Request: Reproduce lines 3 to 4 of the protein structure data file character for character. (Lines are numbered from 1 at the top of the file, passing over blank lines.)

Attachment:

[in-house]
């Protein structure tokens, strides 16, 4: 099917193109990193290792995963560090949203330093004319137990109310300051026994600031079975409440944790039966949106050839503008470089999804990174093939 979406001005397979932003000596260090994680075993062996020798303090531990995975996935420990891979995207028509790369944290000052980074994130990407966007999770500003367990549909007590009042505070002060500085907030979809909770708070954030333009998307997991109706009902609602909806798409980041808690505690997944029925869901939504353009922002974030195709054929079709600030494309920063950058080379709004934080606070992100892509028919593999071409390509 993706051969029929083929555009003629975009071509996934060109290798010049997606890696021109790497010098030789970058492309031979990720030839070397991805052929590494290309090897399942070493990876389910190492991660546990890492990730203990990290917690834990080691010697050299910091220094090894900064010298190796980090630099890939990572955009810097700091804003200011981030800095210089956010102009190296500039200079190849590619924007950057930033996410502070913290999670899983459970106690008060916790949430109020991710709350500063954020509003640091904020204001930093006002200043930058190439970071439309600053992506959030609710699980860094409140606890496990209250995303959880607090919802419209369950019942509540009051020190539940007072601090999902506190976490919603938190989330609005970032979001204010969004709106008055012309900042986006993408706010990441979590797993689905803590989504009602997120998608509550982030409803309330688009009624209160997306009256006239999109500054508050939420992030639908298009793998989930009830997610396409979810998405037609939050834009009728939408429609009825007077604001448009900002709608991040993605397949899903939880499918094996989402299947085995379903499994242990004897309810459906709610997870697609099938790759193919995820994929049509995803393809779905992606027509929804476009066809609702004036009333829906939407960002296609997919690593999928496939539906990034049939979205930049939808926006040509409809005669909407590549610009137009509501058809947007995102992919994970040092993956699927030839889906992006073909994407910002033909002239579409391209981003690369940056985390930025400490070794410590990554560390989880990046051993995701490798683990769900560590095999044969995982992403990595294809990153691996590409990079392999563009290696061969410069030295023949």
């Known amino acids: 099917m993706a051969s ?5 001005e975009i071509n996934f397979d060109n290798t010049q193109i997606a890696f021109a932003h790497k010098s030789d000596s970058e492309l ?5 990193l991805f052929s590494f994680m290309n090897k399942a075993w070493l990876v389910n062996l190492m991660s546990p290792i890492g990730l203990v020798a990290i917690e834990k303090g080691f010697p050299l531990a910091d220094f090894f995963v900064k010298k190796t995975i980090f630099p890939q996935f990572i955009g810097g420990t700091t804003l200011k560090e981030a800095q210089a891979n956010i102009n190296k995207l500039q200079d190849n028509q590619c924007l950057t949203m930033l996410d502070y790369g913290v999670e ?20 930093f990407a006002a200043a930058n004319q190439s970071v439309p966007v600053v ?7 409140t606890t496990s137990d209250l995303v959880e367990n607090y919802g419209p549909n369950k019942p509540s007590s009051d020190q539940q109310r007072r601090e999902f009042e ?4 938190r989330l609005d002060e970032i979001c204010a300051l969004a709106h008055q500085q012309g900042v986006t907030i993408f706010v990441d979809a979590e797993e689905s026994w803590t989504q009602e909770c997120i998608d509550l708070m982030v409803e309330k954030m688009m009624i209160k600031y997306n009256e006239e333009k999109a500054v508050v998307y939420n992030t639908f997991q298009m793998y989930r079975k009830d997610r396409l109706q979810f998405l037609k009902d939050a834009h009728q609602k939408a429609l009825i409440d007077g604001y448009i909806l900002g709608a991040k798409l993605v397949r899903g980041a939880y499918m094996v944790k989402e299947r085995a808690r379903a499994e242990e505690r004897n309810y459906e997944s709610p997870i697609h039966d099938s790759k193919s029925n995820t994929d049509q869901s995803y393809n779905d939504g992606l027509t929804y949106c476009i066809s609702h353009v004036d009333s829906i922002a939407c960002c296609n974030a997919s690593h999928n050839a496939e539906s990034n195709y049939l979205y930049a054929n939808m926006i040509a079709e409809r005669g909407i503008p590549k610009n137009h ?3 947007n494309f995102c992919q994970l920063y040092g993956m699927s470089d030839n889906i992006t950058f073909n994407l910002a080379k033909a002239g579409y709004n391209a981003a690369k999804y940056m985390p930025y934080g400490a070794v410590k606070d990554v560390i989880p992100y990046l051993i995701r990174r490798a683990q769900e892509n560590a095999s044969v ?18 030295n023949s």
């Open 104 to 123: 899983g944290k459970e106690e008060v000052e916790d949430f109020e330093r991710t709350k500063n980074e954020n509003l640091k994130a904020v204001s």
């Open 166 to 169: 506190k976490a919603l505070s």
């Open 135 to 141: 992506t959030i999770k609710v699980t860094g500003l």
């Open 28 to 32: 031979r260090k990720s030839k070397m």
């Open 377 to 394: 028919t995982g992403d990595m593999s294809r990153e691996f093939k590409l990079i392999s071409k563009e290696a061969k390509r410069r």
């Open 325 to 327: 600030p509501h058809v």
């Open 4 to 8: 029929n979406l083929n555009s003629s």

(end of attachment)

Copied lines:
């Known amino acids: 099917m993706a051969s ?5 001005e975009i071509n996934f397979d060109n290798t010049q193109i997606a890696f021109a932003h790497k010098s030789d000596s970058e492309l ?5 990193l991805f052929s590494f994680m290309n090897k399942a075993w070493l990876v389910n062996l190492m991660s546990p290792i890492g990730l203990v020798a990290i917690e834990k303090g080691f010697p050299l531990a910091d220094f090894f995963v900064k010298k190796t995975i980090f630099p890939q996935f990572i955009g810097g420990t700091t804003l200011k560090e981030a800095q210089a891979n956010i102009n190296k995207l500039q200079d190849n028509q590619c924007l950057t949203m930033l996410d502070y790369g913290v999670e ?20 930093f990407a006002a200043a930058n004319q190439s970071v439309p966007v600053v ?7 409140t606890t496990s137990d209250l995303v959880e367990n607090y919802g419209p549909n369950k019942p509540s007590s009051d020190q539940q109310r007072r601090e999902f009042e ?4 938190r989330l609005d002060e970032i979001c204010a300051l969004a709106h008055q500085q012309g900042v986006t907030i993408f706010v990441d979809a979590e797993e689905s026994w803590t989504q009602e909770c997120i998608d509550l708070m982030v409803e309330k954030m688009m009624i209160k600031y997306n009256e006239e333009k999109a500054v508050v998307y939420n992030t639908f997991q298009m793998y989930r079975k009830d997610r396409l109706q979810f998405l037609k009902d939050a834009h009728q609602k939408a429609l009825i409440d007077g604001y448009i909806l900002g709608a991040k798409l993605v397949r899903g980041a939880y499918m094996v944790k989402e299947r085995a808690r379903a499994e242990e505690r004897n309810y459906e997944s709610p997870i697609h039966d099938s790759k193919s029925n995820t994929d049509q869901s995803y393809n779905d939504g992606l027509t929804y949106c476009i066809s609702h353009v004036d009333s829906i922002a939407c960002c296609n974030a997919s690593h999928n050839a496939e539906s990034n195709y049939l979205y930049a054929n939808m926006i040509a079709e409809r005669g909407i503008p590549k610009n137009h ?3 947007n494309f995102c992919q994970l920063y040092g993956m699927s470089d030839n889906i992006t950058f073909n994407l910002a080379k033909a002239g579409y709004n391209a981003a690369k999804y940056m985390p930025y934080g400490a070794v410590k606070d990554v560390i989880p992100y990046l051993i995701r990174r490798a683990q769900e892509n560590a095999s044969v ?18 030295n023949s």
């Open 104 to 123: 899983g944290k459970e106690e008060v000052e916790d949430f109020e330093r991710t709350k500063n980074e954020n509003l640091k994130a904020v204001s």